Sharing the Medway Community Forest Cooperative Fall 2021 Newsetter. Lots of in-depth information and updates.
We hope that you have enjoyed the beautiful weather and changing colours this fall. We’re finally winding down from the busy summer of long days, community events, and field work. We have some exciting updates to share with you about some projects that have wrapped up, new opportunities and a new staff member joining the MCFC team!
It’s been very exciting to welcome Matt Miller as our Operations Manager this November. Matt describes himself as an avid outdoors person and maple syrup connoisseur. Originally hailing from Pictou County, Nova Scotia. He is an experienced forest tech with a passion for ecological forestry. One of the key recommendations from the Investment Readiness Program project with the Climate Forest Company was to hire a full time staffer to oversee management planning, harvest operations and nonmerchantable silviculture. We’re looking forward to having Matt help us ramp up our forest operations this winter and achieve some consistency in harvesting wood and executing other silviculture treatments.
This October, in partnership with the Mersey Tobeatic Research Institute (MTRI) we planted hardwood trees around the village of Caledonia with the North Queens Community School – adding shade, resiliency, and colour to our community!
With the generous support of the Sustainable Forestry Initiative’s (SFI) Community Grant and Tree Canada’s Operation Releaf program, we came together with numerous local partners and supporters to engage youth in community greening and climate action. In addition to planting climate-adaptive tree species, students took part in an educational program covering climate resilience and adaptation, carbon storage in plant structures and soil, seeing fast and slow growing species while looking at tree cookies, and discussing the benefits of an urban canopy.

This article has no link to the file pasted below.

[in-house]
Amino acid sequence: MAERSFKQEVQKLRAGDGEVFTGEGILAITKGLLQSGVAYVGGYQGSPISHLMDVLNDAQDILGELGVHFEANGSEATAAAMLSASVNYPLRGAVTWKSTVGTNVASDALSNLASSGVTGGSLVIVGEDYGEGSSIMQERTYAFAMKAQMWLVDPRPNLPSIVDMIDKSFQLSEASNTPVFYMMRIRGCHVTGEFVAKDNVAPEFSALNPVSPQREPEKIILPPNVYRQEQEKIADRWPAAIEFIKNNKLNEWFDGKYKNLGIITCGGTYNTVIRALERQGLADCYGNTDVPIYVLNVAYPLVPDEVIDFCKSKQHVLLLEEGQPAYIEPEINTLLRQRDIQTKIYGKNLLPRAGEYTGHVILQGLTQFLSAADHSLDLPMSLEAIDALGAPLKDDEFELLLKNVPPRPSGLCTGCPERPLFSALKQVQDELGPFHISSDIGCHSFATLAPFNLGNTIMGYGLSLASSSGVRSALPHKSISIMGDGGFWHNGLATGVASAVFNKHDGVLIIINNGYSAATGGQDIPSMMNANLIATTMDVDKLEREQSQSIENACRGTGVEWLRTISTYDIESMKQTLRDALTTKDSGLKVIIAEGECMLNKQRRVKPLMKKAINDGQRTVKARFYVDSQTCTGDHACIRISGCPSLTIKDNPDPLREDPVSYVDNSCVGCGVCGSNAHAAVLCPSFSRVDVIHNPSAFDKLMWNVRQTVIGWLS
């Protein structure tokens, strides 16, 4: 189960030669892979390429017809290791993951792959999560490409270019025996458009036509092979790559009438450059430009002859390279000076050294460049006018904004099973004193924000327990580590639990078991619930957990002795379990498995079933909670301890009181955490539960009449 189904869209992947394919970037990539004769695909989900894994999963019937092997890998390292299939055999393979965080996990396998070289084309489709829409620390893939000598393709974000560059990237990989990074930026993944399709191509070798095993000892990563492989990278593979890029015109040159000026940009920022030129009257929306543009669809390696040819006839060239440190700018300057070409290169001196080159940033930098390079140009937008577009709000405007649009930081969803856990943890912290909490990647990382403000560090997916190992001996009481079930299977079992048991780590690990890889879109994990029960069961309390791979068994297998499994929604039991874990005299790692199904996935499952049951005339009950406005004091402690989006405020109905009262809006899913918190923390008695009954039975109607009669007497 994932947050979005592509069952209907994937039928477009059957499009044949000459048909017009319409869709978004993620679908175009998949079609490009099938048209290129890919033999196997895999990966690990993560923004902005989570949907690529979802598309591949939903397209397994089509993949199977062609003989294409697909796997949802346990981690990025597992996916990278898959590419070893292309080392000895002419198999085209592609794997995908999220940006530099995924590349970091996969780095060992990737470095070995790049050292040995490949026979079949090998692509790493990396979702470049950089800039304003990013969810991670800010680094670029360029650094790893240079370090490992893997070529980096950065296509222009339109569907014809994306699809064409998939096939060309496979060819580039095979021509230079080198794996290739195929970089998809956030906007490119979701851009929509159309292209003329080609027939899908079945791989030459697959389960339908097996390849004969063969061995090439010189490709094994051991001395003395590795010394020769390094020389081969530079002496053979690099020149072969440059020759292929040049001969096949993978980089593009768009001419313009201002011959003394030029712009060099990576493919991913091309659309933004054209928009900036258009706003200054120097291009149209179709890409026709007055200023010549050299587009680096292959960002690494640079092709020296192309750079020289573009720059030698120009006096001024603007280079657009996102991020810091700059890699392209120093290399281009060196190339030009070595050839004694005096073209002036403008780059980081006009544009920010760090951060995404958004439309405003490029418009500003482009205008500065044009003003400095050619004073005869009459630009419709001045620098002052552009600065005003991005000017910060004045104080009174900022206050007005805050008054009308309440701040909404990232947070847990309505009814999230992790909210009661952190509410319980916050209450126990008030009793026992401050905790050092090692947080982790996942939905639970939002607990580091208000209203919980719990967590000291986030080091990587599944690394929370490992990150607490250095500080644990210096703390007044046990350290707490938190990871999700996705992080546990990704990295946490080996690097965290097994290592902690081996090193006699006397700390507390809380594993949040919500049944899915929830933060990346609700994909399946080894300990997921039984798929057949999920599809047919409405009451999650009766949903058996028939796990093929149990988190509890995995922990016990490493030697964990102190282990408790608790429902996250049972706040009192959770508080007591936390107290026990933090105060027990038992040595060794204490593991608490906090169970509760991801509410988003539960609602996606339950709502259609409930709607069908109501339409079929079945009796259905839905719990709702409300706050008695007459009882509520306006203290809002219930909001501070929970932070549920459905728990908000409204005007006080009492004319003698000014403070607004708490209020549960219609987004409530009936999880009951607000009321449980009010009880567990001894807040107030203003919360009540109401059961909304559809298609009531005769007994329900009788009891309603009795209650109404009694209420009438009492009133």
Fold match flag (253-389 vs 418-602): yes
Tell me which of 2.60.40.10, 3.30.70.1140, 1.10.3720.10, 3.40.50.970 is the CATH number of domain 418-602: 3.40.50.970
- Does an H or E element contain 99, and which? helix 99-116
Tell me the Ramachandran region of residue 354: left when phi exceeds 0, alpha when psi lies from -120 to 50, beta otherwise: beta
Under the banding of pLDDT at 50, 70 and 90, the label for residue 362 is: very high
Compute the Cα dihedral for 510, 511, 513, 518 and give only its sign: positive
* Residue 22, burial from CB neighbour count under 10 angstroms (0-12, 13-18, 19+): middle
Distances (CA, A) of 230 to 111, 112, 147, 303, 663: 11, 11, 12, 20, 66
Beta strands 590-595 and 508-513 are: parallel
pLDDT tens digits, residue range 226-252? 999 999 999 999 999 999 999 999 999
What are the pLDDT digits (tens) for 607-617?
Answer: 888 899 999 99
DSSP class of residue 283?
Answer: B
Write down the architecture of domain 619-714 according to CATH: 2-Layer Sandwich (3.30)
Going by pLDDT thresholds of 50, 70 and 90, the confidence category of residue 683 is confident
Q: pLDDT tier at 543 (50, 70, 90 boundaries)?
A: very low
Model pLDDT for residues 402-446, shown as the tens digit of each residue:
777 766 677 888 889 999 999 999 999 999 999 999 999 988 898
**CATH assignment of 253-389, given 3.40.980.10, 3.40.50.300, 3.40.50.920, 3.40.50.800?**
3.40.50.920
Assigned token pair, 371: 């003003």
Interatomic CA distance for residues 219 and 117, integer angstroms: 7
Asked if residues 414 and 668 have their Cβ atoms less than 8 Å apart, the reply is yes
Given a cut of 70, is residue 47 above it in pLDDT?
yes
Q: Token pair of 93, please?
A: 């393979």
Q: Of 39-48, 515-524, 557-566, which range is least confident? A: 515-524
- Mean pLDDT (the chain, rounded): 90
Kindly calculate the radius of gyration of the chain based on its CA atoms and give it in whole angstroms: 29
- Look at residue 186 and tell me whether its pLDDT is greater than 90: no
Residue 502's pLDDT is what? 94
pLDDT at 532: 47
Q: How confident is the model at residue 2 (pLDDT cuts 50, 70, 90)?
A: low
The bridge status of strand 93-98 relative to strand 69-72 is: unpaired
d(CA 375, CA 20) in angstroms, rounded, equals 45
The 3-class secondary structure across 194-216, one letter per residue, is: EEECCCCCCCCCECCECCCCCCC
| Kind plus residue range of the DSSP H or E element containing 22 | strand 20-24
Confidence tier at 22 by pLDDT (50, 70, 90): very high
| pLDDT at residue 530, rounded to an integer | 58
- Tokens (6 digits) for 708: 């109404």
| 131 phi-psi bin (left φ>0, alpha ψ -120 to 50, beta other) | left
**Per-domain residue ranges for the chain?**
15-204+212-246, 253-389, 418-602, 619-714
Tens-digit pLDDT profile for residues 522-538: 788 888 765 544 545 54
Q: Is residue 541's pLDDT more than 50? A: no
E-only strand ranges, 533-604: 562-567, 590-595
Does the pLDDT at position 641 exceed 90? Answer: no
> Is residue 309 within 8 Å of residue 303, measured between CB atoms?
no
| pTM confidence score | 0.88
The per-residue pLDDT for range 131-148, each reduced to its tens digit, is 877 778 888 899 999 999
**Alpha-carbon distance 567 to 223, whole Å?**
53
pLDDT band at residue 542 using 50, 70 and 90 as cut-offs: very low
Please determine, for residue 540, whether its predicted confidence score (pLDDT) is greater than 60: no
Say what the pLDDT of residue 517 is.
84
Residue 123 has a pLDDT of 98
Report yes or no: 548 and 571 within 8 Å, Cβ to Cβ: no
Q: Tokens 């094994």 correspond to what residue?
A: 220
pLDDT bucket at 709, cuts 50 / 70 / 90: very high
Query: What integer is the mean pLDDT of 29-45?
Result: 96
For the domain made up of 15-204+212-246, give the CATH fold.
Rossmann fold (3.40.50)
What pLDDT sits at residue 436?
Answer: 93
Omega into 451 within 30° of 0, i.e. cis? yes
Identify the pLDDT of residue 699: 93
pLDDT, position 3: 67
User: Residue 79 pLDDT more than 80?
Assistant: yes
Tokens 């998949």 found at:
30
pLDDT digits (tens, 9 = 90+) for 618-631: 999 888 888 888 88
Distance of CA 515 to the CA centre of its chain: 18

A big thank you to Freeman Lumber for donating mulch, R & C Weare Logging for excavating holes, Conway Workshop for tree stakes, the SFI Atlantic Implementation committee contributions for signage, and the North Queens Board of Trade for so much help.
We planted 65 hardwoods trees, a mix of native species and a few southernly species projected to have their native ranges expand into our region with a changing climate. The native species you’ll see sprinkled around Caledonia include red maple, sugar maple, yellow birch, ironwood, American elm, red oak, and the southern species with shifting native ranges including white oak, tulip tree, butternut, black walnut, and sassafras. Stay tuned for our Climate Adaptive Arboretum grand opening at Harmony Park in spring 2022!
We love when a team comes together representing women in forestry and science. Spencer Coulstring (Community Engagement Coordinator – WestFor Management) and Carley Archibald (Coordinator, GIS and Conservation Research – SFI) joined us planting and were a huge help in getting materials moved and keeping students engaged. We feel it is valuable to have this representation and hope it encourages girls and underrepresented minorities to follow their aspirations with confidence. Fewer women study and work in science, technology, engineering, and mathematics (STEM) as these fields tend to perpetuate inflexible, exclusionary, male-dominated cultures that are not supportive of or attractive to women and minorities. We see this trend changing as more forestry organizations are promoting inclusive workplaces, by valuing the multiple perspectives that come with diversity.
NOVA SCOTIA WORKING WOODLANDS TRUST (NSWWT)
We have some very exciting news to share from our partner organization, the Nova Scotia Working Woodlands Trust. The MCFC has been incubating NSWWT for several years now, developing the foundation and strategic planning necessary to launch a new organization.